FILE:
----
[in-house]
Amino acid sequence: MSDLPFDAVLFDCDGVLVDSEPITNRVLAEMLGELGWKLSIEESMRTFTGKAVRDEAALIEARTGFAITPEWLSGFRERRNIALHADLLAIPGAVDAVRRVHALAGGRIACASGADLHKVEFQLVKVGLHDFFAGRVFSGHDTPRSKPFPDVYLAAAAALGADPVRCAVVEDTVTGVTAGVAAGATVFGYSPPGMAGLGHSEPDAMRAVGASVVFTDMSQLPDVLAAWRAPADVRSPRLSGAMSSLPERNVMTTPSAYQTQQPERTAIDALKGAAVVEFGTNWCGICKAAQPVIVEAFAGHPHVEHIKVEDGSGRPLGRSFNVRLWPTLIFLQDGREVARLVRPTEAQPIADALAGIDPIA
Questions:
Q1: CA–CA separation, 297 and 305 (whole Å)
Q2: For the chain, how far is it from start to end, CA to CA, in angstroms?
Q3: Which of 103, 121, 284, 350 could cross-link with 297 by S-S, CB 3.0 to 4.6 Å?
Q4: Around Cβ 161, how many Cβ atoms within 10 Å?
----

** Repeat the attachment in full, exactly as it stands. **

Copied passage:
[in-house]
Amino acid sequence: MSDLPFDAVLFDCDGVLVDSEPITNRVLAEMLGELGWKLSIEESMRTFTGKAVRDEAALIEARTGFAITPEWLSGFRERRNIALHADLLAIPGAVDAVRRVHALAGGRIACASGADLHKVEFQLVKVGLHDFFAGRVFSGHDTPRSKPFPDVYLAAAAALGADPVRCAVVEDTVTGVTAGVAAGATVFGYSPPGMAGLGHSEPDAMRAVGASVVFTDMSQLPDVLAAWRAPADVRSPRLSGAMSSLPERNVMTTPSAYQTQQPERTAIDALKGAAVVEFGTNWCGICKAAQPVIVEAFAGHPHVEHIKVEDGSGRPLGRSFNVRLWPTLIFLQDGREVARLVRPTEAQPIADALAGIDPIA
Questions:
Q1: CA–CA separation, 297 and 305 (whole Å)
Q2: For the chain, how far is it from start to end, CA to CA, in angstroms?
Q3: Which of 103, 121, 284, 350 could cross-link with 297 by S-S, CB 3.0 to 4.6 Å?
Q4: Around Cβ 161, how many Cβ atoms within 10 Å?